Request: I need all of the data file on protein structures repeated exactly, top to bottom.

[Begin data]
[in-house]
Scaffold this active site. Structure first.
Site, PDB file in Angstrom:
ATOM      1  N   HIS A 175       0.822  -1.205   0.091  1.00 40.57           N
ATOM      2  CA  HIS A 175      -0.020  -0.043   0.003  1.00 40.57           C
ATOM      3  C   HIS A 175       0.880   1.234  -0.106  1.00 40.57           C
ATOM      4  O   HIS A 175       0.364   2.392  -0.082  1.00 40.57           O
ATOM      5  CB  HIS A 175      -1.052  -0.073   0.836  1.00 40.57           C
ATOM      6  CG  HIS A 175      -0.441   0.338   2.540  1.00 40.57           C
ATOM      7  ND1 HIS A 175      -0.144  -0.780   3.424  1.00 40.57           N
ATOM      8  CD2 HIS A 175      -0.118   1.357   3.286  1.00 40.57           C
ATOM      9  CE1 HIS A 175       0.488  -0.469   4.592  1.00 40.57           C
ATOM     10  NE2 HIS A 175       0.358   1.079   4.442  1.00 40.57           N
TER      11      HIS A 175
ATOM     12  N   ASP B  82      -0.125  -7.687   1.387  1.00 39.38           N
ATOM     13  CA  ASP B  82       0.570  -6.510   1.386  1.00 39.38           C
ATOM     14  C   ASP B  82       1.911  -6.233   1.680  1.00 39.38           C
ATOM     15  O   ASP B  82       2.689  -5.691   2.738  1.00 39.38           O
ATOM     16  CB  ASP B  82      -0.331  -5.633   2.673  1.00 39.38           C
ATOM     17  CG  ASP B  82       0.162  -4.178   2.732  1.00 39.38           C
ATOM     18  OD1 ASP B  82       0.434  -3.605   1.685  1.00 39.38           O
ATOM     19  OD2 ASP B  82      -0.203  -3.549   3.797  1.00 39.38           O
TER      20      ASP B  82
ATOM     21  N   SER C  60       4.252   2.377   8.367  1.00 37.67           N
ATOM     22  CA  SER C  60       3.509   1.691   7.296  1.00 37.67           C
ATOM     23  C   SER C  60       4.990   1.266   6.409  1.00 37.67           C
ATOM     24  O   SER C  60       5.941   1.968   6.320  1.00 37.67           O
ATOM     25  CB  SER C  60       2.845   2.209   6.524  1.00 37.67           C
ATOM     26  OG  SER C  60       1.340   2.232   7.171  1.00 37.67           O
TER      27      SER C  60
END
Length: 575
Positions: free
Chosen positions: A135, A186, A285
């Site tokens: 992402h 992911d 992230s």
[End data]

[in-house]
Scaffold this active site. Structure first.
Site, PDB file in Angstrom:
ATOM      1  N   HIS A 175       0.822  -1.205   0.091  1.00 40.57           N
ATOM      2  CA  HIS A 175      -0.020  -0.043   0.003  1.00 40.57           C
ATOM      3  C   HIS A 175       0.880   1.234  -0.106  1.00 40.57           C
ATOM      4  O   HIS A 175       0.364   2.392  -0.082  1.00 40.57           O
ATOM      5  CB  HIS A 175      -1.052  -0.073   0.836  1.00 40.57           C
ATOM      6  CG  HIS A 175      -0.441   0.338   2.540  1.00 40.57           C
ATOM      7  ND1 HIS A 175      -0.144  -0.780   3.424  1.00 40.57           N
ATOM      8  CD2 HIS A 175      -0.118   1.357   3.286  1.00 40.57           C
ATOM      9  CE1 HIS A 175       0.488  -0.469   4.592  1.00 40.57           C
ATOM     10  NE2 HIS A 175       0.358   1.079   4.442  1.00 40.57           N
TER      11      HIS A 175
ATOM     12  N   ASP B  82      -0.125  -7.687   1.387  1.00 39.38           N
ATOM     13  CA  ASP B  82       0.570  -6.510   1.386  1.00 39.38           C
ATOM     14  C   ASP B  82       1.911  -6.233   1.680  1.00 39.38           C
ATOM     15  O   ASP B  82       2.689  -5.691   2.738  1.00 39.38           O
ATOM     16  CB  ASP B  82      -0.331  -5.633   2.673  1.00 39.38           C
ATOM     17  CG  ASP B  82       0.162  -4.178   2.732  1.00 39.38           C
ATOM     18  OD1 ASP B  82       0.434  -3.605   1.685  1.00 39.38           O
ATOM     19  OD2 ASP B  82      -0.203  -3.549   3.797  1.00 39.38           O
TER      20      ASP B  82
ATOM     21  N   SER C  60       4.252   2.377   8.367  1.00 37.67           N
ATOM     22  CA  SER C  60       3.509   1.691   7.296  1.00 37.67           C
ATOM     23  C   SER C  60       4.990   1.266   6.409  1.00 37.67           C
ATOM     24  O   SER C  60       5.941   1.968   6.320  1.00 37.67           O
ATOM     25  CB  SER C  60       2.845   2.209   6.524  1.00 37.67           C
ATOM     26  OG  SER C  60       1.340   2.232   7.171  1.00 37.67           O
TER      27      SER C  60
END
Length: 575
Positions: free
Chosen positions: A135, A186, A285
């Site tokens: 992402h 992911d 992230s």